Despite the impact of the covid pandemic, many view environmental degradation as the greatest threat to our world (PEW Research Center). With global average surface temperatures increasing, shorelines are rising, extreme weather patterns are more common, and our oceans and ecosystems are being irrevocably damaged. Every year, over 10 million tons of plastic are dumped into our oceans and over one million marine animals are killed due to plastic pollution (Plastic Oceans). This issue could be easily avoided if everyone made a conscious effort to recycle plastic waste. In addition, food waste is a significant environmental problem. According to the USDA, “In the United States, food waste is estimated at between 30-40 percent of the food supply.” When food is not composted and ends up in landfills, it releases methane. Coupled with food loss, this causes 8% of greenhouse gas emissions (World Resources Institute). Food waste, especially in America, has been increasing with the rise of the Coronavirus. Thus, not only are people failing to recycle plastic debris at alarming rates, but we, as a society, are wasting more and more food, which wastes energy and leads to increased greenhouse gas emissions.
Psychology Underlying the Problem Behavior:
One reason environmental sustainability is not a norm for all people is because we have developed improper habits of food disposal. We, as a nation, need to break this improper habit of incorrectly disposing our foods. Habits are settled tendencies, especially ones that are hard to give up. Habits control 40-95% of everyday human behavior (Helping You Engineer Your Future). There are three aspects of a habit, the reminder or environmental cue, the routine, and the reward.
Currently, the norm of most humans is to plainly throw away materials into the trash bin all together, with the negligence of truly thinking about recycling. This needs to change. Social norms are accepted standards of behavior and actions that people perform. Changing the current norms of careless disposal of waste into thoughtful, passionate behaviors that are conducive to a healthy environment is paramount.
Intervention and Psychological Foundations:
One way we can help people form a new habit is by removing friction. Our solution is through placing proper waste bins throughout communities. Many of us are not even fully aware of what can be recycled versus what cannot. In fact, six percent of people are not sure about what is recyclable and what is not (HuffPost). Installing more intuitive garbage receptacles will have major impacts on community wide recycling efforts. Dispersing large bins around big communities, like schools, for example, that also incorporate pictures to illustrate what type of items can be thrown away, recycled, and composted, will be extremely helpful in changing the poor norms and habits that humans follow.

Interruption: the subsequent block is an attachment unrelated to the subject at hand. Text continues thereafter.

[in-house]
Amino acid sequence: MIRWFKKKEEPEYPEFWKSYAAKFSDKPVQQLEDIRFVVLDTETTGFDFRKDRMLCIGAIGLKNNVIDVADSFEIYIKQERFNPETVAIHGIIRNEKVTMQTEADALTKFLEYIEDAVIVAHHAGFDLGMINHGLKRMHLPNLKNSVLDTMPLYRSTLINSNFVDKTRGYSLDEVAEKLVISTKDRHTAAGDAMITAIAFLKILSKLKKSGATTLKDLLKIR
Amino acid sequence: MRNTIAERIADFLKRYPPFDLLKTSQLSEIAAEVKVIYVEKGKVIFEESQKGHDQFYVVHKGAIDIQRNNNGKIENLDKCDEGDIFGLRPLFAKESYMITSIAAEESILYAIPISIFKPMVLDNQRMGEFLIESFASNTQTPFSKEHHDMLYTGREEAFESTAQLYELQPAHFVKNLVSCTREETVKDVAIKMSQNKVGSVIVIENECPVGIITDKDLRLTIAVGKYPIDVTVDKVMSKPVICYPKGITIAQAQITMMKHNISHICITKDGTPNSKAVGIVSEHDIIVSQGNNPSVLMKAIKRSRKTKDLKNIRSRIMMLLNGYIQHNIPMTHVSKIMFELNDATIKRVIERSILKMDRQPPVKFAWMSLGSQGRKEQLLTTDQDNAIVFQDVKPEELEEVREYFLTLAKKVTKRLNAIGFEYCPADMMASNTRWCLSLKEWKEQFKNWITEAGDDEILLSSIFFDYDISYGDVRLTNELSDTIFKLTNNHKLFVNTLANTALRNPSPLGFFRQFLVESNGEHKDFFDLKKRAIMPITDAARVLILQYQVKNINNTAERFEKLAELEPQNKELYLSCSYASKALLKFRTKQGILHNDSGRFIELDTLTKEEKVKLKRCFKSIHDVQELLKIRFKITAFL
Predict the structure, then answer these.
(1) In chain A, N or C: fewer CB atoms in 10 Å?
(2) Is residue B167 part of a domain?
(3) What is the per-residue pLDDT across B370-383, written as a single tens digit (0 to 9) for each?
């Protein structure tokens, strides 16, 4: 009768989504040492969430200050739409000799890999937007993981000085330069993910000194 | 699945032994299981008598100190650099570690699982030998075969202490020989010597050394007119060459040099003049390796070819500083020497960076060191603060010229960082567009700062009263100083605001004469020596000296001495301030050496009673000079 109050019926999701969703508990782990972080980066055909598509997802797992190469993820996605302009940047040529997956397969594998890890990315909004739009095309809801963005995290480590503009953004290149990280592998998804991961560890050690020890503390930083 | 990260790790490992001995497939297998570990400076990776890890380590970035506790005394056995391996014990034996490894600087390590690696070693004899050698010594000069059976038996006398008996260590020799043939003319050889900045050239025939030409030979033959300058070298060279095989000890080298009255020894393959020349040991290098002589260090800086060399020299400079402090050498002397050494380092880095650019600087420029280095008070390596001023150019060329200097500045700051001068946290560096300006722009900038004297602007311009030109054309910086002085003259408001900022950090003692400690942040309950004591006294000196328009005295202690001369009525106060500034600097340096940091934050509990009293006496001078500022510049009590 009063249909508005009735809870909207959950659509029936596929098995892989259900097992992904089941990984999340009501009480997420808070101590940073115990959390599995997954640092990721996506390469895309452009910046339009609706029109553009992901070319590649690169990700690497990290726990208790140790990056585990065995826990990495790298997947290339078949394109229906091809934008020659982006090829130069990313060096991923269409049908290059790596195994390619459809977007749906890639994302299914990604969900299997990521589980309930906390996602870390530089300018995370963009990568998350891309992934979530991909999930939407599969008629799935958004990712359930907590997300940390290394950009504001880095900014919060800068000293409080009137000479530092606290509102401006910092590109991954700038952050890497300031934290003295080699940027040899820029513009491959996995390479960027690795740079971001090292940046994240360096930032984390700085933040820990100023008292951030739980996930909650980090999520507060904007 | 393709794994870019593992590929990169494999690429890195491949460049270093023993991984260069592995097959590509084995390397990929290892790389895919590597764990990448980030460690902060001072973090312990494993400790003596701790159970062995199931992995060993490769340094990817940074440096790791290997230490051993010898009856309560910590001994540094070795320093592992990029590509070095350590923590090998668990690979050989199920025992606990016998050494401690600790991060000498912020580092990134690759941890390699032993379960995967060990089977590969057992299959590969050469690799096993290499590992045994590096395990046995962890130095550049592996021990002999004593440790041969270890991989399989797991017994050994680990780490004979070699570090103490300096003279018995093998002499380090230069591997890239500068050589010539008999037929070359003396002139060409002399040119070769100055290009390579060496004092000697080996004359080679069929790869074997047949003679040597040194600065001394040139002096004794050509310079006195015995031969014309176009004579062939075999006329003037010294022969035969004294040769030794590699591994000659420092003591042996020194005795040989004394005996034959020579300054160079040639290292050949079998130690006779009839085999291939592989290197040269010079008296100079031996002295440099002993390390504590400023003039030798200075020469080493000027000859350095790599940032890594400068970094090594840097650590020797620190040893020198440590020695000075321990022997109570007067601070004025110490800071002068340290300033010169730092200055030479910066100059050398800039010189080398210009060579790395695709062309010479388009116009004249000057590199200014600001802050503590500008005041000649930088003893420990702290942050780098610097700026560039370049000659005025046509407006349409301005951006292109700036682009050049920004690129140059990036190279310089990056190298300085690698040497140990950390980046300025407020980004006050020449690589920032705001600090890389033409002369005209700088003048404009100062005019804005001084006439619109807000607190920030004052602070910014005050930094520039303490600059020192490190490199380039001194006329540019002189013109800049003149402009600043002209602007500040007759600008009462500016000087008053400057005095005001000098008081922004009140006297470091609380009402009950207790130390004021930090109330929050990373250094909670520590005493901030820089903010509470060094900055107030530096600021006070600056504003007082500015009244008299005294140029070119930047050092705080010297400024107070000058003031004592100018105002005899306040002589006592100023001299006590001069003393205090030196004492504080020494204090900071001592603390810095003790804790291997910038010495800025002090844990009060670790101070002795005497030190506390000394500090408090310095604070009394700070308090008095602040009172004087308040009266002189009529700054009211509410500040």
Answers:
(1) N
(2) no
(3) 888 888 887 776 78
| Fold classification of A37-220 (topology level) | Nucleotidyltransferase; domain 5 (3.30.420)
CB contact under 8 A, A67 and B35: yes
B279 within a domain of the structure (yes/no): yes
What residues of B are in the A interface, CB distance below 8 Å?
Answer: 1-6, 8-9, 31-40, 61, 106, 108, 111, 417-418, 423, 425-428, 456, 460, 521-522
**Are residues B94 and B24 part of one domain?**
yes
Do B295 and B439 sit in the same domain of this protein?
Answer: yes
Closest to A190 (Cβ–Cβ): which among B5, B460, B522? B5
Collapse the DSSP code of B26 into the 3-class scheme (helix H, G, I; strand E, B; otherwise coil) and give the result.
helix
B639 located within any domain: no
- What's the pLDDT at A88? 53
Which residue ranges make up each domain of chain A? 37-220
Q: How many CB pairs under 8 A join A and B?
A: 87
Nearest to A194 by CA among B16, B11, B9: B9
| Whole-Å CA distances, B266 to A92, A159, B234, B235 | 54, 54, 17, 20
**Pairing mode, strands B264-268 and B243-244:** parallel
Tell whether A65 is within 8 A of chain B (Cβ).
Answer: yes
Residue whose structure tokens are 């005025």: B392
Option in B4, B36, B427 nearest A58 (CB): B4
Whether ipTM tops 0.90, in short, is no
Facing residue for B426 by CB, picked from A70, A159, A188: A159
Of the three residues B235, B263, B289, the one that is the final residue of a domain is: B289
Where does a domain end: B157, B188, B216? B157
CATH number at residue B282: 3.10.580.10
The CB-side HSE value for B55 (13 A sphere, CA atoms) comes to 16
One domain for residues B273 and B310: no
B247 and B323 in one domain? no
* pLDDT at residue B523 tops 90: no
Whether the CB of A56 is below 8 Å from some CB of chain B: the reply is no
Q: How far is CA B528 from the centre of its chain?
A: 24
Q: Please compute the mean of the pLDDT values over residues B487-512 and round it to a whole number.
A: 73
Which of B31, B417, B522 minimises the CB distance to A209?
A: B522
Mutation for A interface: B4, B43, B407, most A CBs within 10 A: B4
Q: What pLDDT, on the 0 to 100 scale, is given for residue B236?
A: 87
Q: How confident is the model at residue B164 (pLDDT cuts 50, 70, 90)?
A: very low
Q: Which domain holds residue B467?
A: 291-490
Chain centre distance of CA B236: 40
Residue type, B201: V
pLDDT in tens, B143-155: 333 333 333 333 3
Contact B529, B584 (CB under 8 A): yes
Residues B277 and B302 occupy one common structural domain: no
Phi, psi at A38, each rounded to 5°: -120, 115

Alternatively, another way to make food disposal more environmentally sustainable is through both, breaking habits by changing environmental cues, as well as altering norms. More specifically, we are going to put up signs that state that “68% of Americans believe recycling is the right thing to do” and “94% of Americans indicate they recycle.” These are the types of sayings that will persuade an audience to engage in the action. Why? Psychologically, the people almost feel guilty, which they should, if they do not recycle properly. This is because they are constantly reminded every day when seeing signs that catch their attention.
Are you concerned about the environment, too? If so, what do you think is the biggest issue?
What little things do you think you could do to help protect our environment?
What facilities does your government provide to help you recycle? Should these facilities be upgraded?
Here is our works cited.